The Direct to Video Connoisseur
I'm a huge fan of action, horror, sci-fi, and comedy, especially of the Direct to Video variety. In this blog I review some of my favorites and not so favorites, and encourage people to comment and add to the discussion. If you click on an image, it will take you to that post's image page, which includes many more pics from the film and other goodies I couldn't fit in the actual review. For announcements and updates, don't forget to Follow us on Twitter and Like our Facebook page. If you're the director, producer, distributor, etc. of a low-budget feature length film and you'd like to send me a copy to review, you can contact me at dtvconnoisseur[at]yahoo.com. I'd love to check out what you got.
Thursday, May 19, 2011
Delta Force One: The Lost Patrol (2000)
I've had this in my Instant Queue for some time now, and after a couple Gary Daniels movies I had in my DVD queue weren't sent to me, I went with it because it had been a little time since I'd gotten some Daniels up here. We'll have to do them all eventually, so why not this one, right?
Delta Force One: The Lost Patrol is about a peacekeeping mission between two antagonistic fictitious Middle Eastern countries. When a patrol is ambushed and there are no survivors, Daniels is tasked to lead a recon team to find out what happened. Boy do they find out, as they walk into a big ol' quagmire involving John Rhys-Davies as an arms dealer looking to arm a rebel group with a nuke. Now the remainder of Daniels's crew needs to stop them at all costs.
Wow, this was a total painfest. It was one of those I look at the counter and find out I'm only 20 minutes in, and I'm like "Oh lord! That's it?" and then I look at the counter and there's only 15 minutes left and I'm like "Oh Lord, I still have to sit through 15 minutes of this?" I've had cardio sessions and hiked mountains less grueling than this. Where do I start? Either large pockets of no action, or some of the lamest, most blah action ever. Seriously, who comes up with a scene where Daniels's Jeep drives through a canyon where rebels fire RPGs all around them, but never hit them, from near point blank range? Daniels barely does any hand-to-hand, and it's only at the very end. There's no tension, a plot that's too plodding and dull to keep us interested in the lean times, and characters so cookie-cutter that we don't really care what happens to them. To give you an idea of how bad this is, there's a scene where one of them has a gut wound and looks close to death, and Daniels tells him "I am your commanding officer, and I didn't give you permission to die yet, do you understand?" Ouch.
I don't blame Daniels for these stinkers, because he has to take what work he can get, but it would be nice if the people who cast him could utilize him properly. It's hard to watch him sitting in a Jeep yelling at bad explosions, or delivering bad dialog, when I know how much ass he can kick. For any film makers out there, here's a tip: when you find out you've cast Gary Daniels, ditch the script and have a chat with your stuntmen and fight choreographer about your new movie with Gary Daniels as the star. I don't think that's too difficult.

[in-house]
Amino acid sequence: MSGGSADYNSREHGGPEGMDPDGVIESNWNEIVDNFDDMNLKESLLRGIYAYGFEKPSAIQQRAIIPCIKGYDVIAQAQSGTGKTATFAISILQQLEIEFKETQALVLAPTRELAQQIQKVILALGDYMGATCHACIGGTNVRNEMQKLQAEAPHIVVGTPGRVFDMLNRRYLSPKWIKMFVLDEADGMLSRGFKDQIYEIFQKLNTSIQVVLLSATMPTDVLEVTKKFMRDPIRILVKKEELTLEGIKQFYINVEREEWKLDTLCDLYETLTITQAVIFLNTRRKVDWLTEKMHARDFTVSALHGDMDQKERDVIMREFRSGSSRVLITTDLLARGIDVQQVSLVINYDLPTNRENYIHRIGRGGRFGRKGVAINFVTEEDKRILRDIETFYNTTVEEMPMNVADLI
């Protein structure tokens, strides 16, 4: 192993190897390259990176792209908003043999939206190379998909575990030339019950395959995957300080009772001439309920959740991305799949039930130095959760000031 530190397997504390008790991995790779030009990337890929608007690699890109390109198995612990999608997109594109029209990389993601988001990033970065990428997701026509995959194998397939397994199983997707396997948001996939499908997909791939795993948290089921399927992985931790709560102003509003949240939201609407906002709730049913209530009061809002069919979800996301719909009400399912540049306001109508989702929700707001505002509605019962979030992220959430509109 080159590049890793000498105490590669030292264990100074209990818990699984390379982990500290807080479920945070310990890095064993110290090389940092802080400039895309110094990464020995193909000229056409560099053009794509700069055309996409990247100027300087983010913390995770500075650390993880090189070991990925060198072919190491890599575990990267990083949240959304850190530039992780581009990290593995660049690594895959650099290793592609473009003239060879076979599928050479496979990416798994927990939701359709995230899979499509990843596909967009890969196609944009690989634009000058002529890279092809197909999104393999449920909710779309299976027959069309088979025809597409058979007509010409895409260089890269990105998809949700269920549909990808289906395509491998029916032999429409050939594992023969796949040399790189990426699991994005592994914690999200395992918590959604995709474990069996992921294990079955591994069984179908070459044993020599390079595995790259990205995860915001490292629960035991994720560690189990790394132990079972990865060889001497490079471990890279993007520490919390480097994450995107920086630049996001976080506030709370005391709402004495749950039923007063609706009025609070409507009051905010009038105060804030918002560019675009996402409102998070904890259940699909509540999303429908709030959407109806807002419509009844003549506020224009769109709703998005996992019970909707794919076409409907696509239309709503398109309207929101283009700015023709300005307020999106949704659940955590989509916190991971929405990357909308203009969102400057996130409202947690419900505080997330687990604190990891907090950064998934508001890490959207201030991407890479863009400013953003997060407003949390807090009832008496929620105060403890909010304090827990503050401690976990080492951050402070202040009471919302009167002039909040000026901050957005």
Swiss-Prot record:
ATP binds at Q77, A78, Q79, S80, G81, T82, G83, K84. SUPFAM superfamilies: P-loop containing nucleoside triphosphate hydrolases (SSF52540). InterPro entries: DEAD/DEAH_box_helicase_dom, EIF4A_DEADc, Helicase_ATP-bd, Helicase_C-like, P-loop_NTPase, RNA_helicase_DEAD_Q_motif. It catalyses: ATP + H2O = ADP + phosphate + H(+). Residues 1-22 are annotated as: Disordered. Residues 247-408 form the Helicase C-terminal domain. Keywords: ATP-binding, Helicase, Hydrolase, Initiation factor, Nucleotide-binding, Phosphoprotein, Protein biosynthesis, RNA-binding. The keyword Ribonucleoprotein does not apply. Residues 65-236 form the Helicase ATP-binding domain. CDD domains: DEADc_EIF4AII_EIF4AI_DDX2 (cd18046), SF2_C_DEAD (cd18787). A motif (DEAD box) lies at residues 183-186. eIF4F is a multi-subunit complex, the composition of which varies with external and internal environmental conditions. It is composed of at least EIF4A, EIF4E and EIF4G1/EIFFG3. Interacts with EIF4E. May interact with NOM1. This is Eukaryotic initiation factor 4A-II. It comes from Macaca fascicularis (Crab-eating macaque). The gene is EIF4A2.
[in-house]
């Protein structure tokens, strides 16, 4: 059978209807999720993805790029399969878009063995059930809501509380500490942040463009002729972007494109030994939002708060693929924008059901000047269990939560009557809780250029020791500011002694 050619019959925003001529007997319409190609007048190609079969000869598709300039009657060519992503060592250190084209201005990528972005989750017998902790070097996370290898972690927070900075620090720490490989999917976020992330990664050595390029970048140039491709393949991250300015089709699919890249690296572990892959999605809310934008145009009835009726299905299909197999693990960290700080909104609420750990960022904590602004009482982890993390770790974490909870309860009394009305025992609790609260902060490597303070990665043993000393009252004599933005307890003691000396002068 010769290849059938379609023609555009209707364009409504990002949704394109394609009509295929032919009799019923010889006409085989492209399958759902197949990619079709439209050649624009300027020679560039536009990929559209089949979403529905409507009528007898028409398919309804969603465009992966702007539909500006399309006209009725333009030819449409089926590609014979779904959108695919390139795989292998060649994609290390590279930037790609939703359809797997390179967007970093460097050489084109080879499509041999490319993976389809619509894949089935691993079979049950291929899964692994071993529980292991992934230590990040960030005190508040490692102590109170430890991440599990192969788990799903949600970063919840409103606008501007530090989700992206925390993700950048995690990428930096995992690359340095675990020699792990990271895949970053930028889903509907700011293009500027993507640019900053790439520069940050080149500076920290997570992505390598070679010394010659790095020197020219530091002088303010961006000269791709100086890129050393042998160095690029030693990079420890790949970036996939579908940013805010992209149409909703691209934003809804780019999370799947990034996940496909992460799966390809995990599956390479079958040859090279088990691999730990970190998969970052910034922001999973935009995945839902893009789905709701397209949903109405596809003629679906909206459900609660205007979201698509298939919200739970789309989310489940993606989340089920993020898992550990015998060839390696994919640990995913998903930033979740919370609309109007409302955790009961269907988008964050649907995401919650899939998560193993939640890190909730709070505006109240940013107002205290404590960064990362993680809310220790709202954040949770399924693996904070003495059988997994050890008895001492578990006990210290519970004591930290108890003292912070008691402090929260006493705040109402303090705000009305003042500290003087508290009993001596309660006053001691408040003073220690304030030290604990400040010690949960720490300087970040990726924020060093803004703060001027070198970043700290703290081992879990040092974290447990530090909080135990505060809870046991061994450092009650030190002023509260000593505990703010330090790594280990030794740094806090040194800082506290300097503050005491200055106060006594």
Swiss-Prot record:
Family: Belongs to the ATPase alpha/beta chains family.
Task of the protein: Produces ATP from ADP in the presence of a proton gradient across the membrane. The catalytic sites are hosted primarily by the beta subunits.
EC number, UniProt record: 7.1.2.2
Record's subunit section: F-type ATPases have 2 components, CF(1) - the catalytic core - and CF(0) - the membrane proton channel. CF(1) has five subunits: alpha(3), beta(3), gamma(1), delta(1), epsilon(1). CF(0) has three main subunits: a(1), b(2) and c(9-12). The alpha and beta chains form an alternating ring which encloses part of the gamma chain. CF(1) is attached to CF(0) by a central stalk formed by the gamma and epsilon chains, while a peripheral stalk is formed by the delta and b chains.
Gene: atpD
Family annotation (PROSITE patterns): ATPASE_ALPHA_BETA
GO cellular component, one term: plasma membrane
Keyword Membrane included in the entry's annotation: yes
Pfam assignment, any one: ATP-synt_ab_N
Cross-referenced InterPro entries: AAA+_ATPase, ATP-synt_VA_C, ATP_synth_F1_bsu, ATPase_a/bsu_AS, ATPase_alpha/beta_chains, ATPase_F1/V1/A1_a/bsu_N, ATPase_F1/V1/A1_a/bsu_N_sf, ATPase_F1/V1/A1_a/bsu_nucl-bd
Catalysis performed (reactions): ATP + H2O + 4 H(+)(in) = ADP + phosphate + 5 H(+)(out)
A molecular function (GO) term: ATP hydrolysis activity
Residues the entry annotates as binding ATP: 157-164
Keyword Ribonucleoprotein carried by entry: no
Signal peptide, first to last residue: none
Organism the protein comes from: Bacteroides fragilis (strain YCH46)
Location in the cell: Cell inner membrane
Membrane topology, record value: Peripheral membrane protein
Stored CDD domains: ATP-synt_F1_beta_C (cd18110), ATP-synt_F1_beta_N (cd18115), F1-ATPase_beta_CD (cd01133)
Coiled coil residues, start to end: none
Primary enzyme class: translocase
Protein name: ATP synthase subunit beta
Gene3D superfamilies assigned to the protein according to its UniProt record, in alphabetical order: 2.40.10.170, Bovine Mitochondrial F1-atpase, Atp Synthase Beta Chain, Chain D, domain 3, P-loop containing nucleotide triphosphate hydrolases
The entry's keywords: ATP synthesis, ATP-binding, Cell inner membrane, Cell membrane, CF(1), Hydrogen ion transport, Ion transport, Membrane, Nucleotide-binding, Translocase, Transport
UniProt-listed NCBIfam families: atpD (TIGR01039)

This was produced by Yoram Globus of the famed (and DTVC Hall of Fame) tandem of Golan and Globus. I think with this project he was trying to dispel the myth that exists here in the US that Arabs are somehow genetically disposed to be brutal, murderous, women haters that would kill us all if they could only get the chance. The movie wanted to paint a more complex picture of people who are pretty much just like everyone else, but because of a small segment of the population that is more barbarous and brutal, and who garner much more of the headlines throughout the world, they are not only victimized, but left without a voice. I applaud them for that, but an action movie isn't the venue. Actors like Gary Daniels, Mike Norris, and Bentley Mitchum aren't the medium to broadcast the message. Great sentiment, but overall idea sautéed in wrong sauce.
If we go back about two years into the archives, there was a film I reviewed starring Robert Carradine called Firestorm. The only reason I reviewed it was because it came in a two-pack with a Jeff Speakman flick Scorpio One. Anyway, that film also starred Bentley Mitchum, who you see below. That Firestorm film was a total laugh riot, and Mitchum was a big part of that. He was nowhere near as funny here, which was too bad, because we could've used him. As an aside, I missed then but found out now that he's Robert Mitchum's grandson. (Our one Robert Mitchum film: Midnight Ride.)
Finally, I'm a big fan of Grand Theft Auto III and now Red Dead Redemption, and something in this film reminded me of a common bug in Rockstar Games' early projects. There'd be these times where I'd do something insane, and the people around me would just walk by as if nothing happened. In Delta Force One, Mitchum and a couple other characters get to this computer console, and one of them knocks out one of the rebels with the butt end of her rifle, while the rest of the rebels go about their business, wandering around near them, totally oblivious. It was very GTA III, though nowhere hear as cool.
All right, you can get this on DVD and Watch Instantly from Netflix, but do you want to? Absolutely not. What irks me the most is that this is so available while so many great DTV flicks are OOP or only on VHS. Is there any justice in the world?
For more info: http://www.imdb.com/title/tt0176650/